Smith’s Past Success Could Keep Him in Atlanta For Awhile Longer
The other thing that Blank must consider is that while much of the fan base has turned against Smith, it’s doubtful that many outside observers have. And while keeping the constituents happy is a goal of Blank, outside perception remains highly relevant. Because outside perception is going to have a direct effect on Blank’s ability to hire Smith’s replacement.
While the Falcons have been on a skid since their NFC Championship Game appearance, it is still worth noting that it wasn’t that long again that the team was “ten yards from a Super Bowl.” And that colors outside perception that Smith isn’t necessarily a bad coach, rather is just coaching a bad team.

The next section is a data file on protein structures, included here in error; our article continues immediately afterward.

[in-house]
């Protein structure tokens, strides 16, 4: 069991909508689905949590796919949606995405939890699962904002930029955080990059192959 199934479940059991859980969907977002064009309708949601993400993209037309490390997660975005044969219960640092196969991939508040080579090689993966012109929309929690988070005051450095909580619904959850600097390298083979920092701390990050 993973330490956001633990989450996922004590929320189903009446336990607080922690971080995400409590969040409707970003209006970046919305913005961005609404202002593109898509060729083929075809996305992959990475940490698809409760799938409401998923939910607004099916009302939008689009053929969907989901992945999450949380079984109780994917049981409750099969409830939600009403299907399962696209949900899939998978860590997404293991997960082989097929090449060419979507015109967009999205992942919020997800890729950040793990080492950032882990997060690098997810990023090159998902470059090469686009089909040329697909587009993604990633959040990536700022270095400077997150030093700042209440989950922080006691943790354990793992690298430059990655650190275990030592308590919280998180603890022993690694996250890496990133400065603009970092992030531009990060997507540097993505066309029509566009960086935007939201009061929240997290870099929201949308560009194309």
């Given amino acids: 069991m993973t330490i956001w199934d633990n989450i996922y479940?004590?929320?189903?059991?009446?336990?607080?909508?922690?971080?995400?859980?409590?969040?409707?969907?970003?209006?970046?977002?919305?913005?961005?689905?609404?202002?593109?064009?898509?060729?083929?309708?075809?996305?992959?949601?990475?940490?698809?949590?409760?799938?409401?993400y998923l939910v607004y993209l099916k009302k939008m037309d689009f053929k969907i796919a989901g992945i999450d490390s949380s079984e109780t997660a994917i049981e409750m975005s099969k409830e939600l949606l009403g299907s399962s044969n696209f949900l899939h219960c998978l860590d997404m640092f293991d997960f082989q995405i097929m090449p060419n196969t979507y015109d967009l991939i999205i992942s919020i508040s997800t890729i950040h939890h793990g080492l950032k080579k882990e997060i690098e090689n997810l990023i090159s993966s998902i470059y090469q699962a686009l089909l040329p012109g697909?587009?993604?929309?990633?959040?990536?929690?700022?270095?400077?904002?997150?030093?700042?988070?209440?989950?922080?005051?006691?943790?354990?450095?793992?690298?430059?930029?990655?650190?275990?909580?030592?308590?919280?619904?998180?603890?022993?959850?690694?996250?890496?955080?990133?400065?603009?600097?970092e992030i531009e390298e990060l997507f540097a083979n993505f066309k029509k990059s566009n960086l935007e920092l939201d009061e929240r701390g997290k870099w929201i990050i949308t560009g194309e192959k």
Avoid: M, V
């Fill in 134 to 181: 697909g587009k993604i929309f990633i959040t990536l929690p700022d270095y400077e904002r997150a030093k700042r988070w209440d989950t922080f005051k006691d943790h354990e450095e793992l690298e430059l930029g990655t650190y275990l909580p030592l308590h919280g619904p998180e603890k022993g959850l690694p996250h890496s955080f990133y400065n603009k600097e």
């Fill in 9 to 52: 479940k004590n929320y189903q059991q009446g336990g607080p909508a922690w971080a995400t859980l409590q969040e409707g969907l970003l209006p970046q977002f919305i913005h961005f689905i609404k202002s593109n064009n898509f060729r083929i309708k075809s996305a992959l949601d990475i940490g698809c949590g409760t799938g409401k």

Firing Smith midseason won’t help change that perception and could send off the vibe that Blank is a “meddler.” So I believe there is a decent chance that even if the Falcons continue to lose, Smith could make it until the end of the season or at least to a point where an 8-8 finish is mathematically impossible.
It won’t be extremely difficult to attract a coach to Atlanta simply due to the presences of Ryan and Jones on the roster. Many coaches dream of having a quarterback as good as Ryan. Jeff Fisher took the job in St. Louis over the one in Miami mainly due to the presence of quarterback Sam Bradford.
So there shouldn’t be a shortage of quality coaches willing to accept the job in Atlanta even if the outside perception believes that Smith got a raw deal. But it is interesting how the potential presence of Dimitroff will affect things.